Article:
Veteran Auxiliarist finds new way to serve USCG

Thursday, April 4, 2013

Auxiliary Chef Stu Landau stirs a pot of soup at Station Lake Worth Inlet, Riviera Beach, Fla. Auxiliarist Landau is known for the lunches he prepares. Photo by Art Slepian, USCG Auxiliary Public Affairs Officer.

RIVIERA BEACH, Fla. — Auxiliarist Stu Landau was talking about cooking omelets. This is an unusual subject for someone who, prior to March of last year, acknowledges that he might have had trouble making toast,  “if I could find the toaster.  I also can now cook boneless pork loin with vegetables,” says the nine-year Coast Guard Auxiliary member, speaking of the skills he gained at Auxiliary Chef (AUXCHEF) School at the Coast Guard Air Station in Clearwater, Fla.

Auxiliary Chef Stu Landau demonstrates his cutting skills while making potato salad for lunch at Station Lake Worth Inlet, Riviera Beach, Fla. Photo by Art Slepian, Coast Guard Auxiliary.

Article by Auxiliarist Arthur Slepian, Public Affairs Officer

The AUXCHEF program was established by the Coast Guard Auxiliary to provide trained Auxiliarists to fill in at small boat stations or on cutters to relieve food service specialists.  Unlike most “C schools”, the Coast Guard Auxiliary does not pay transportation and lodging costs.  Students assume this financial responsibility.

 Learning how to cook, he says, gives him another way to “stay involved and be an asset to Station Lake Worth.” He also notes that his newly gained knowledge has helped strengthen the bond with his 49-year-old son who is the executive chef for a large assisted living facility in Florida.  Besides, Auxiliarist Landau says, “knowledge of cooking or previous experience was not required.”

 AUXCHEF students must complete their Performance Qualification System (PQS) tasks within one year of attending school to earn AUXCHEF designation. Auxiliarist Landau, under the direction of Food Services Specialist 2st Class Jason Eisenbarth, completed his PQS requirements.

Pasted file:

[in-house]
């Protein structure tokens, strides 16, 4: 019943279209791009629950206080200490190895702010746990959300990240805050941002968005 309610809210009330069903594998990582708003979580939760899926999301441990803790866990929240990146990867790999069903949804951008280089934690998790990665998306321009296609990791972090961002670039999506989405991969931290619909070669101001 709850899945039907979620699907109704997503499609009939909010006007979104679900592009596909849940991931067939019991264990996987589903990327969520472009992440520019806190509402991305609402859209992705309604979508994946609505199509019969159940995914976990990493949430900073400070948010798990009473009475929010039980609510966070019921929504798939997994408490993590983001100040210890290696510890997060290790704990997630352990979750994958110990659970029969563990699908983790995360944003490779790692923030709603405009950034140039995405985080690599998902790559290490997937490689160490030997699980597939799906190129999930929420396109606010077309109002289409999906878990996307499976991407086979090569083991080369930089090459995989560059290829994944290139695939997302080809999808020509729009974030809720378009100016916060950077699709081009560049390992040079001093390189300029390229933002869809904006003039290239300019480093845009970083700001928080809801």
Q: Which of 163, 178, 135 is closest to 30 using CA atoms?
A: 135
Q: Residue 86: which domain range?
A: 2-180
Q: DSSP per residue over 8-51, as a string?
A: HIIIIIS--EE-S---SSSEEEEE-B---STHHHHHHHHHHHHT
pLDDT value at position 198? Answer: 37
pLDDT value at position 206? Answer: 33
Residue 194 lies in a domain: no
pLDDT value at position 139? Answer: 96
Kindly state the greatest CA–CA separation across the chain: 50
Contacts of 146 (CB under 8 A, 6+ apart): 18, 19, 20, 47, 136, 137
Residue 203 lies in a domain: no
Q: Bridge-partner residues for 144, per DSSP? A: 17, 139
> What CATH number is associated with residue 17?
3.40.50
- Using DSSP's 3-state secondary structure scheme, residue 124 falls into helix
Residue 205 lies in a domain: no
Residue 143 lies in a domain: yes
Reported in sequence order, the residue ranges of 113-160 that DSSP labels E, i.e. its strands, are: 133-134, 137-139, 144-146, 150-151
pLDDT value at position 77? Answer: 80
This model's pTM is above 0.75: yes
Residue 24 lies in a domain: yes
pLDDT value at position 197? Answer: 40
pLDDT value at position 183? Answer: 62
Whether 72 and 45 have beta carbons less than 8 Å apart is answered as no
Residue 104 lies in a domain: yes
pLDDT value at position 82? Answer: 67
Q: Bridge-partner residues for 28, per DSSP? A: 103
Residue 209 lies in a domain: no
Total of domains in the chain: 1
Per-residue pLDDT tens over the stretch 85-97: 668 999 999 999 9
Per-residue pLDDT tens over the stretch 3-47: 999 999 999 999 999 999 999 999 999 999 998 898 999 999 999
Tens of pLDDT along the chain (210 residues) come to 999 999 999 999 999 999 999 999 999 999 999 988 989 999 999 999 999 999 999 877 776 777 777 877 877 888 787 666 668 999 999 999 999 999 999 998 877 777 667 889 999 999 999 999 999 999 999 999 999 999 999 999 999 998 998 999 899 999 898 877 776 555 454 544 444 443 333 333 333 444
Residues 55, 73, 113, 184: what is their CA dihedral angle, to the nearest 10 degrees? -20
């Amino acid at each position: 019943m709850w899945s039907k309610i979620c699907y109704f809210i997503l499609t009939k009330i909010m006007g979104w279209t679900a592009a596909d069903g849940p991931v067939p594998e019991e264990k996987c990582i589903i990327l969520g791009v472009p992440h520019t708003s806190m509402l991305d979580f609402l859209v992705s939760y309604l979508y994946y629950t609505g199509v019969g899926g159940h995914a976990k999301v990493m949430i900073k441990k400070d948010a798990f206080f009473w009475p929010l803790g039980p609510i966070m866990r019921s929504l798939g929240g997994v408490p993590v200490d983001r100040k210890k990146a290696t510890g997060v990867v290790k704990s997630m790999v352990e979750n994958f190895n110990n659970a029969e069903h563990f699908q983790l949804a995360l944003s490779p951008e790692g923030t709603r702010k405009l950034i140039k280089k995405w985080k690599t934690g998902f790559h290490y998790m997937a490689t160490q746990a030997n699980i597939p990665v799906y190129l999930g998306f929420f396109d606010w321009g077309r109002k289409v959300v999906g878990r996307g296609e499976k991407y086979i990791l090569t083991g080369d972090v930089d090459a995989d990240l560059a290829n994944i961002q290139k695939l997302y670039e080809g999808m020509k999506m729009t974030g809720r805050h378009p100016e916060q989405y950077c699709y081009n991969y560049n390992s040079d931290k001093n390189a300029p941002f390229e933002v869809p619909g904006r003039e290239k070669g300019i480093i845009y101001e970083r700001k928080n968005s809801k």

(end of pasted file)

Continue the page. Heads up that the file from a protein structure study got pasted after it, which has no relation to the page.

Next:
The AUXCHEF school consisted of two days of classroom sessions and a final day of hands-on training in the galley that began at 5:45 a.m. The seven members of the class began the hands-on training by dicing ingredients and learning how “to make omelets the Coast Guard way.” They also made eggs over easy and scrambled eggs, and ate what they cooked.

Preparation for lunch begins at 7:00 a.m. This is when the class learned how to cook boneless pork loin, plus tomato bisque, mashed potatoes and string beans. The class finished cooking at 11:30 a.m., ate and was invited to sit at the captain’s table to conduct a critique of their efforts.

Auxiliary Chef Stu Landau mixes the ingredients for a bowl of homemade potato salad in the galley for lunch at Station Lake Worth Inlet, Fla. Photo by Art Slepian, Coast Guard Auxiliary.

At Station Lake Worth Inlet Auxiliarist Landau is known for his lunches. When people come back for seconds “that’s my salary,” he says.  Station Lake Worth Inlet menus are planned by Food Services Specialist 1st Class Christopher Knesek, who is the Station’s food service officer.

At home, the formerly toast-making-challenged Auxiliarist has not only cooked pork loin he has also expanded his repertoire beyond hamburgers to include chicken cordon bleu and chicken parmesan.  Unlike at home, an AUXCHEF does not have to clean up after himself. “I just put the dirty pan aside and someone takes care of it for me,” he says.

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  1. Ben Gardiner says:

    Great work to Chef Stu and all the Auxilary Members who give their time and efforts to support the Active Duty and Reserve USCG! Keep up the good work.

  2. tim burke says:

    Is it possible to learn where and how I can be AUXCHEF certified. I have been working as a chef for 32 years, USCG AUX member of three years. I live in SW Connecticut, just one hour from NYC and one hour from the USCG Accademy in New London. I will be happy to travel anywhere at any tiem for this program.
    Any direction or assistance is greatly appreciated.
    Tim Burke

    USCG Aux 77, Fairfield CT

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